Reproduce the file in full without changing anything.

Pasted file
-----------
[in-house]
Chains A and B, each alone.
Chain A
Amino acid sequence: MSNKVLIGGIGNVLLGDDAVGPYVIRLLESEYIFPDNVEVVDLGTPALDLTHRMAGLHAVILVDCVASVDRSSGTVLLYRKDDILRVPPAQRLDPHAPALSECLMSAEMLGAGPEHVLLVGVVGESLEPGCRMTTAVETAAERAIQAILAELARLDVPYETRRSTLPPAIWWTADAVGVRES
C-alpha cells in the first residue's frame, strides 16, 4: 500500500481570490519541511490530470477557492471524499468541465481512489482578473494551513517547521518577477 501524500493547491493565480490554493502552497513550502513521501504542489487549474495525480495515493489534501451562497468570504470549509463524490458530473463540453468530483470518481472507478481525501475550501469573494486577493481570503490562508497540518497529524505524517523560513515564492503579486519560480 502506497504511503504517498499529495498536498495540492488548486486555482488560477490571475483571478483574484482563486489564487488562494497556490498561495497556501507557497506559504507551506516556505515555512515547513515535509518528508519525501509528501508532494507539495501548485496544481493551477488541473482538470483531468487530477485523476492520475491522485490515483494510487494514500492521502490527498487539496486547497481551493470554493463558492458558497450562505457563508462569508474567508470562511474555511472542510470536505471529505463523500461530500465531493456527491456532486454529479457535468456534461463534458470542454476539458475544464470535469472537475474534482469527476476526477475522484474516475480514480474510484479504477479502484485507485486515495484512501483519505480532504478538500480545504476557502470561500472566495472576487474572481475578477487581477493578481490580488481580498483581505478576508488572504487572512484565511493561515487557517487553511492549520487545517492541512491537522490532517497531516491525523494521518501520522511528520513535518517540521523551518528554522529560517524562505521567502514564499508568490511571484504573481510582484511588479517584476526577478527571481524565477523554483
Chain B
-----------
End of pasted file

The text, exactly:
[in-house]
Chains A and B, each alone.
Chain A
Amino acid sequence: MSNKVLIGGIGNVLLGDDAVGPYVIRLLESEYIFPDNVEVVDLGTPALDLTHRMAGLHAVILVDCVASVDRSSGTVLLYRKDDILRVPPAQRLDPHAPALSECLMSAEMLGAGPEHVLLVGVVGESLEPGCRMTTAVETAAERAIQAILAELARLDVPYETRRSTLPPAIWWTADAVGVRES
C-alpha cells in the first residue's frame, strides 16, 4: 500500500481570490519541511490530470477557492471524499468541465481512489482578473494551513517547521518577477 501524500493547491493565480490554493502552497513550502513521501504542489487549474495525480495515493489534501451562497468570504470549509463524490458530473463540453468530483470518481472507478481525501475550501469573494486577493481570503490562508497540518497529524505524517523560513515564492503579486519560480 502506497504511503504517498499529495498536498495540492488548486486555482488560477490571475483571478483574484482563486489564487488562494497556490498561495497556501507557497506559504507551506516556505515555512515547513515535509518528508519525501509528501508532494507539495501548485496544481493551477488541473482538470483531468487530477485523476492520475491522485490515483494510487494514500492521502490527498487539496486547497481551493470554493463558492458558497450562505457563508462569508474567508470562511474555511472542510470536505471529505463523500461530500465531493456527491456532486454529479457535468456534461463534458470542454476539458475544464470535469472537475474534482469527476476526477475522484474516475480514480474510484479504477479502484485507485486515495484512501483519505480532504478538500480545504476557502470561500472566495472576487474572481475578477487581477493578481490580488481580498483581505478576508488572504487572512484565511493561515487557517487553511492549520487545517492541512491537522490532517497531516491525523494521518501520522511528520513535518517540521523551518528554522529560517524562505521567502514564499508568490511571484504573481510582484511588479517584476526577478527571481524565477523554483
Chain B